– I figure you’re having fun! It’s not just that we are best friends, of course, is it? There is more to it than that. There is trust. And honesty. And vigilance. You messaged me earlier today:

Should I bring risperdal? I wonder if I am bordering on mania.

You mean today? Or for your trip? Definitely on the trip (it is on your packing list already). Worth bringing with you today if you are asking the question.

And so, at the mention of “milkshake AND ice cream,” I remind you to keep an eye out for that edge of mania. And that is how we are. We can switch seamlessly from whatever it might be that we are doing or talking about, into a deep and yet simple caring awareness that works both ways. (Not everyone gets that – that you are here as much for me as I am for you. In different ways, perhaps, but no less.) Thank you.

See you soon.



Wednesday 11 July 2018

How Writing a Memoir Has Helped Me Talk More about My Mental Illness

By Peter McDonnell

I’m going to dive right in and begin. I hope people with similar problems with psychosis and anxiety can relate. Since writing a memoir of my experiences with psychosis, anxiety and recovery I have found that I can talk much more easily about my mental health issues.

Before I began my memoir in 2015 I had no interest in sharing how I was feeling about my illness with my supportive team (my parents who are both qualified psychiatric nurses, my various psychiatrists, my care coordinators etc.), friends, family and work colleagues. Now, just try and shut me up!

I often have to remind myself in general conversations that though my mental health and recovery fascinates me, other people are usually not as interested in my experiences as I am (but sometimes they are!). I had my annual appointment with my psychiatrist two weeks ago. She asked how I was, and so I began.

I am doing really well. I’ve been a bit blocked up with constipation – I understand that my medication (Clozapine) can sometimes affect this. I’ve been eating lots of fruit and veg and I bought some prune juice earlier today, so I expect the prune juice to work and I should be fine by tomorrow.

My anxiety is still improving, it’s at such normal levels now that I’m not really thinking about it and I’m not sure it’s any higher than what normal people get from time to time.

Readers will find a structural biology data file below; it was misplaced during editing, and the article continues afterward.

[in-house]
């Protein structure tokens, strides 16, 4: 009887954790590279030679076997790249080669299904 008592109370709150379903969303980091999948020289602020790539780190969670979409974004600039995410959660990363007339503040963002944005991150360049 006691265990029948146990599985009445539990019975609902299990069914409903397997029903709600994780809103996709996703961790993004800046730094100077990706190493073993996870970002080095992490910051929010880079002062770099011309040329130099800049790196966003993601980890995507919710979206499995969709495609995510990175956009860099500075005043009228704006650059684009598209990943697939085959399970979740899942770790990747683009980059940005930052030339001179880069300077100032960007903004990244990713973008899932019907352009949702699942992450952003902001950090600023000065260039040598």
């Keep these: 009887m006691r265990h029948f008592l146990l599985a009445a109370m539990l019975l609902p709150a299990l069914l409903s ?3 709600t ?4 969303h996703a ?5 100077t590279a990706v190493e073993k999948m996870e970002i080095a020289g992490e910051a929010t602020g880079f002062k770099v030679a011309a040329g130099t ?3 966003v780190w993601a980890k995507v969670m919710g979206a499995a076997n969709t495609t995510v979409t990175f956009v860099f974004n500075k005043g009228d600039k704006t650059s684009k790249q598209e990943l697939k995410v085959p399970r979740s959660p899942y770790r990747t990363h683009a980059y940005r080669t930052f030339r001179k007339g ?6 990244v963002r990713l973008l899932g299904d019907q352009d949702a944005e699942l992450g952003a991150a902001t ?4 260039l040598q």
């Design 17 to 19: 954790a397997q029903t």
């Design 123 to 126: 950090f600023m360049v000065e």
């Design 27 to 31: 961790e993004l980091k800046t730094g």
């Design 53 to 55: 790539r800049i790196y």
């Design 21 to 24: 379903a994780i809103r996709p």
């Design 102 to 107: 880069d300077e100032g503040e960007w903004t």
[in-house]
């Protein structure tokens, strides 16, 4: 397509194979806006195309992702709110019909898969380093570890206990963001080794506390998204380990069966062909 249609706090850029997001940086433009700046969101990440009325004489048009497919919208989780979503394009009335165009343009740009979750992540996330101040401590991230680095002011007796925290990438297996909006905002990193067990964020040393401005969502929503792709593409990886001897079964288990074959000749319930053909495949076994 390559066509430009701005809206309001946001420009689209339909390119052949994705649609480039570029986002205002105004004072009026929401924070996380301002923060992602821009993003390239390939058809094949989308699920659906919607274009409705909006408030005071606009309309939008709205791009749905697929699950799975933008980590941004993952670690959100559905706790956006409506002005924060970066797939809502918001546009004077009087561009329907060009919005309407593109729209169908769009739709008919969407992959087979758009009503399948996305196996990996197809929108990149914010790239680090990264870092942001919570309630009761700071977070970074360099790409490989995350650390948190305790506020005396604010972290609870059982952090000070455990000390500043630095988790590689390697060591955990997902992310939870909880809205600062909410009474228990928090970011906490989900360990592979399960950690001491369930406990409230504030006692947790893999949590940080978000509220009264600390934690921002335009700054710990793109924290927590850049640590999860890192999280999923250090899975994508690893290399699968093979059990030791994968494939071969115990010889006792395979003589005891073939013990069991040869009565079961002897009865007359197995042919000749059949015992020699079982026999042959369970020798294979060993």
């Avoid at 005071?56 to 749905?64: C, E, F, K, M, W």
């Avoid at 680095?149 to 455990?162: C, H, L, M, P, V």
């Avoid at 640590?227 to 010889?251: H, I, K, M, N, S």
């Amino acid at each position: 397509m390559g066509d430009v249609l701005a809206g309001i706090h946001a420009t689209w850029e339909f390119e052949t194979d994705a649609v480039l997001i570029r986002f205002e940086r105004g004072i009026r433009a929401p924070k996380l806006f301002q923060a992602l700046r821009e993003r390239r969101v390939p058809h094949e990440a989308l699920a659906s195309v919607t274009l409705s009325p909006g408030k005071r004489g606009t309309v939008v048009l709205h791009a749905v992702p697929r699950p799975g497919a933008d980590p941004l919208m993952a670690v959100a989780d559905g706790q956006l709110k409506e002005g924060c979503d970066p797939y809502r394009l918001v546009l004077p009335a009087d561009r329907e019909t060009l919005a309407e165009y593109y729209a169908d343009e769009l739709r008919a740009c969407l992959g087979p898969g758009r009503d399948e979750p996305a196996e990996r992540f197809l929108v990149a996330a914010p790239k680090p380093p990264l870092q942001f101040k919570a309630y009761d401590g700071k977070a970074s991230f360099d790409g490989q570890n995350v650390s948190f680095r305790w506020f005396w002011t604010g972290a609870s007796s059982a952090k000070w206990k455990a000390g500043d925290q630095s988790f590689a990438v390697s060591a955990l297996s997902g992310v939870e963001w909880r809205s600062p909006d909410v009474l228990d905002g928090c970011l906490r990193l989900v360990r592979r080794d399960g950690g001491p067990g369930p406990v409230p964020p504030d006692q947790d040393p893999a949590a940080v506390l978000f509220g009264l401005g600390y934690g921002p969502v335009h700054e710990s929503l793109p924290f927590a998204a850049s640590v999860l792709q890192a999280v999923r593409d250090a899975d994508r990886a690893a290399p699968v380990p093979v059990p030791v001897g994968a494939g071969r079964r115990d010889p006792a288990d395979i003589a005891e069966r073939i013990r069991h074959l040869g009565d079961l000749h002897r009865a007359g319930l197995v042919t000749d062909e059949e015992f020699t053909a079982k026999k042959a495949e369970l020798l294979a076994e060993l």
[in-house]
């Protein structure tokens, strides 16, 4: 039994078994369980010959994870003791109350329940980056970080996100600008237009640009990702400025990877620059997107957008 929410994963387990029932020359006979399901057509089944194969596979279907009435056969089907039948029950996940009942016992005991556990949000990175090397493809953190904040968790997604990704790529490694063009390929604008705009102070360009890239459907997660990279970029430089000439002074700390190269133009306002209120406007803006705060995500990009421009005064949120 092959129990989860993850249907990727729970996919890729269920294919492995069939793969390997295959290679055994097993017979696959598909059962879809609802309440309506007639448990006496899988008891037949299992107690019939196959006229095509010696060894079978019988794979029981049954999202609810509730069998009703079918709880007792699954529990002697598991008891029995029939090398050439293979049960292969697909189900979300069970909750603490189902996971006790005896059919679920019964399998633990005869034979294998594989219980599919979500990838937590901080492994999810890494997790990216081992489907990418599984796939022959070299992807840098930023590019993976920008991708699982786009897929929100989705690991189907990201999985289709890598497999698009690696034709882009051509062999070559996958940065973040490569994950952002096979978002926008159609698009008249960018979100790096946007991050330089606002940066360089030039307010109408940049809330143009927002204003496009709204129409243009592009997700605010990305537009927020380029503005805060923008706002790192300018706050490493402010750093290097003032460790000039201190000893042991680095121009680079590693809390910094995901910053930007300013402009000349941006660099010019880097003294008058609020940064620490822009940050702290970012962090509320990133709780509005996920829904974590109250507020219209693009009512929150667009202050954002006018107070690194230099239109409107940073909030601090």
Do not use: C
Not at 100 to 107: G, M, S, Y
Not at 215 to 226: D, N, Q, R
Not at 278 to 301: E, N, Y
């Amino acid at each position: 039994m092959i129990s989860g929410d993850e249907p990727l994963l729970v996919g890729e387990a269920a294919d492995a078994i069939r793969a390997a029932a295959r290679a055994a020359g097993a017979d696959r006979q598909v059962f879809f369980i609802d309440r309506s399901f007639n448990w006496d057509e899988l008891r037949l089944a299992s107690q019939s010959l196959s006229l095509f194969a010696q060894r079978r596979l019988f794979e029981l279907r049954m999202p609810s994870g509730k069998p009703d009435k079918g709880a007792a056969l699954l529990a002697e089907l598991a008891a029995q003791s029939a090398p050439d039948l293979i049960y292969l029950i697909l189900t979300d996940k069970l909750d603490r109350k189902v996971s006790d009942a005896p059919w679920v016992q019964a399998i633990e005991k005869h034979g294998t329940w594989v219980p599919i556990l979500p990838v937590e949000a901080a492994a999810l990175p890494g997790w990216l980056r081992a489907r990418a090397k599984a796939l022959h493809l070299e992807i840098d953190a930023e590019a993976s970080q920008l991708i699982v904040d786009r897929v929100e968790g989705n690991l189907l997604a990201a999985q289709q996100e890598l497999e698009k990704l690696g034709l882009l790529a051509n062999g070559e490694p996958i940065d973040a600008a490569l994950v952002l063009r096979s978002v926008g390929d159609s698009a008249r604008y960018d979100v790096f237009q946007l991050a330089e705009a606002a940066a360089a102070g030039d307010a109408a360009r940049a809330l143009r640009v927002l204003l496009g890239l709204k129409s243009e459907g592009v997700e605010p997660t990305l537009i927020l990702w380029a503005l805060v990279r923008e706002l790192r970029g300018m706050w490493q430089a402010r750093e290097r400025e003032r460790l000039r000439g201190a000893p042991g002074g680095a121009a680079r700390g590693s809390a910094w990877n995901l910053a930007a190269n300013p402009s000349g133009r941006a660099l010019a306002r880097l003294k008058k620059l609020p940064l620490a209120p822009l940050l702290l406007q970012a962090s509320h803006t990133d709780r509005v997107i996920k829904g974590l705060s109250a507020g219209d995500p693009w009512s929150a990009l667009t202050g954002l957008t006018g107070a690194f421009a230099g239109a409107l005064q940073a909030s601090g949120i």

But I am wary that I’ve been challenging myself less recently. My nieces and their parents lived in London until a few months ago before moving to Denver, and taking the train or driving up to see them fortnightly was a challenge that helped me keep my abilities to stay on top of anxiety I think, and I do wonder sometimes if not having this regular challenge might make me rest on my laurels a bit and get too comfortable. For the last few years I have found that remembering to keep well is sometimes very important and if I forget to, I feel a certain dip in my general mental health.

I keep well by doing a mix of little and big things. Sometimes it’s just a case of asking my brain in the morning what kind of positivity I want to feel that day, and for reasons unknown to me, it works and eight times out of ten at the end of the day, I find that I have felt exactly how I told my brain I wanted to feel!

Other times I have found it helpful to push myself a bit and do more challenging things, like spending the day looking after my nieces in London. They lived in Chiswick and I’m very close to them, they are two and four years old. I think looking after them taught me responsibility and some of how to be a mature adult, and after doing the parenting thing for a bit, whether for an afternoon, overnight or for a few days and nights I felt very in step with the world.

It’s at this point that the doctor senses that I am doing well. I sense her sensing it. I then decide that I have more to say.

My psychosis and ideas of reference are still there, but I am controlling them well. I used to feel like people in queues and waiting rooms could read my thoughts, but it’s happening less recently. When it was bad I’d be standing behind someone in a queue and my ‘Telepathic Tourette’s’ would start and if the person in front of me was very ugly, then I’d hear in my mind “fuck me aren’t you ugly” and because of my stupid and annoying telepathic abilities (that I don’t think I have anymore) I’d think they heard me.